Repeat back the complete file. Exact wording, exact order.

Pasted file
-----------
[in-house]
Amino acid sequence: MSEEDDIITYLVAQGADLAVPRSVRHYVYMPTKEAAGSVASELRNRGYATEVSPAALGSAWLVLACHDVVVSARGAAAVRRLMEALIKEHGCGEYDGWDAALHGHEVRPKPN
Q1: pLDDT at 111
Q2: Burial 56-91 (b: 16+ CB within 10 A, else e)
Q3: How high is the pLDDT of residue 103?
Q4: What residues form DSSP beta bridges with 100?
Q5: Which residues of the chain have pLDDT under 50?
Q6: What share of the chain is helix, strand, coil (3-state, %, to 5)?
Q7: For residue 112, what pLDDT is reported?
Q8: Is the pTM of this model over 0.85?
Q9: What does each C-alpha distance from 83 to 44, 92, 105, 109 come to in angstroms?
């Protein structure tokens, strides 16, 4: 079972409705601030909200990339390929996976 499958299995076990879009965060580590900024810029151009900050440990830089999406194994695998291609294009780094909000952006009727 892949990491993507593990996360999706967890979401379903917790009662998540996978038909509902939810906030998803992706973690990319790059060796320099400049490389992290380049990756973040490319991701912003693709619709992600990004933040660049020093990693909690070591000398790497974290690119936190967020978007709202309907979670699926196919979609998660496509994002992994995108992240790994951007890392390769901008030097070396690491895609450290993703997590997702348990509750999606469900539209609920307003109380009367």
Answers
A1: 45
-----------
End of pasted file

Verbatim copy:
[in-house]
Amino acid sequence: MSEEDDIITYLVAQGADLAVPRSVRHYVYMPTKEAAGSVASELRNRGYATEVSPAALGSAWLVLACHDVVVSARGAAAVRRLMEALIKEHGCGEYDGWDAALHGHEVRPKPN
Q1: pLDDT at 111
Q2: Burial 56-91 (b: 16+ CB within 10 A, else e)
Q3: How high is the pLDDT of residue 103?
Q4: What residues form DSSP beta bridges with 100?
Q5: Which residues of the chain have pLDDT under 50?
Q6: What share of the chain is helix, strand, coil (3-state, %, to 5)?
Q7: For residue 112, what pLDDT is reported?
Q8: Is the pTM of this model over 0.85?
Q9: What does each C-alpha distance from 83 to 44, 92, 105, 109 come to in angstroms?
């Protein structure tokens, strides 16, 4: 079972409705601030909200990339390929996976 499958299995076990879009965060580590900024810029151009900050440990830089999406194994695998291609294009780094909000952006009727 892949990491993507593990996360999706967890979401379903917790009662998540996978038909509902939810906030998803992706973690990319790059060796320099400049490389992290380049990756973040490319991701912003693709619709992600990004933040660049020093990693909690070591000398790497974290690119936190967020978007709202309907979670699926196919979609998660496509994002992994995108992240790994951007890392390769901008030097070396690491895609450290993703997590997702348990509750999606469900539209609920307003109380009367």
Answers
A1: 45